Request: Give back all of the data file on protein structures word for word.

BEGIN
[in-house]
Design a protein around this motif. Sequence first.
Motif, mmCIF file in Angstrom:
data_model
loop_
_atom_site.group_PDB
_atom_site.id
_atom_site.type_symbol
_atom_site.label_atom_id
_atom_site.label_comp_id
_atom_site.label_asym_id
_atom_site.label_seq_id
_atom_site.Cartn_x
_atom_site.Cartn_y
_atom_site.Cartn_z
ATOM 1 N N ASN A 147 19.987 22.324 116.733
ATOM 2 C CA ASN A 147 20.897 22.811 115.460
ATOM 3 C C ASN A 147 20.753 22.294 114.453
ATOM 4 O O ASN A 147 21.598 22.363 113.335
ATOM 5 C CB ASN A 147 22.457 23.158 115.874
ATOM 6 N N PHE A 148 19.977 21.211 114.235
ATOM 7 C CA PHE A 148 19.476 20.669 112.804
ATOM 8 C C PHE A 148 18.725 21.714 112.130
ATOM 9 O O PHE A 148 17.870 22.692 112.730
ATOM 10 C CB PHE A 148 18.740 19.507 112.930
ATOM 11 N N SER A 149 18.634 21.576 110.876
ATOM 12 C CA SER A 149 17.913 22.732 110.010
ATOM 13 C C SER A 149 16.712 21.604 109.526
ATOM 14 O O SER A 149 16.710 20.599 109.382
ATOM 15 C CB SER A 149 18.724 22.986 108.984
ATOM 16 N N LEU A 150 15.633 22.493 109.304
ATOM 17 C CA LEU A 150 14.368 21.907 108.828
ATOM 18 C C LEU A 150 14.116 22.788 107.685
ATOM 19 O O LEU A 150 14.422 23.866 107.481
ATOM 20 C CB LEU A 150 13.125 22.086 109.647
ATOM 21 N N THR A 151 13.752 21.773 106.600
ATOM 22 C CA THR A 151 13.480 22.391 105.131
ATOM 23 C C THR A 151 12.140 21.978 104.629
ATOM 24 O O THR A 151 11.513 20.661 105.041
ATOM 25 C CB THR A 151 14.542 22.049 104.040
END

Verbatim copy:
[in-house]
Design a protein around this motif. Sequence first.
Motif, mmCIF file in Angstrom:
data_model
loop_
_atom_site.group_PDB
_atom_site.id
_atom_site.type_symbol
_atom_site.label_atom_id
_atom_site.label_comp_id
_atom_site.label_asym_id
_atom_site.label_seq_id
_atom_site.Cartn_x
_atom_site.Cartn_y
_atom_site.Cartn_z
ATOM 1 N N ASN A 147 19.987 22.324 116.733
ATOM 2 C CA ASN A 147 20.897 22.811 115.460
ATOM 3 C C ASN A 147 20.753 22.294 114.453
ATOM 4 O O ASN A 147 21.598 22.363 113.335
ATOM 5 C CB ASN A 147 22.457 23.158 115.874
ATOM 6 N N PHE A 148 19.977 21.211 114.235
ATOM 7 C CA PHE A 148 19.476 20.669 112.804
ATOM 8 C C PHE A 148 18.725 21.714 112.130
ATOM 9 O O PHE A 148 17.870 22.692 112.730
ATOM 10 C CB PHE A 148 18.740 19.507 112.930
ATOM 11 N N SER A 149 18.634 21.576 110.876
ATOM 12 C CA SER A 149 17.913 22.732 110.010
ATOM 13 C C SER A 149 16.712 21.604 109.526
ATOM 14 O O SER A 149 16.710 20.599 109.382
ATOM 15 C CB SER A 149 18.724 22.986 108.984
ATOM 16 N N LEU A 150 15.633 22.493 109.304
ATOM 17 C CA LEU A 150 14.368 21.907 108.828
ATOM 18 C C LEU A 150 14.116 22.788 107.685
ATOM 19 O O LEU A 150 14.422 23.866 107.481
ATOM 20 C CB LEU A 150 13.125 22.086 109.647
ATOM 21 N N THR A 151 13.752 21.773 106.600
ATOM 22 C CA THR A 151 13.480 22.391 105.131
ATOM 23 C C THR A 151 12.140 21.978 104.629
ATOM 24 O O THR A 151 11.513 20.661 105.041
ATOM 25 C CB THR A 151 14.542 22.049 104.040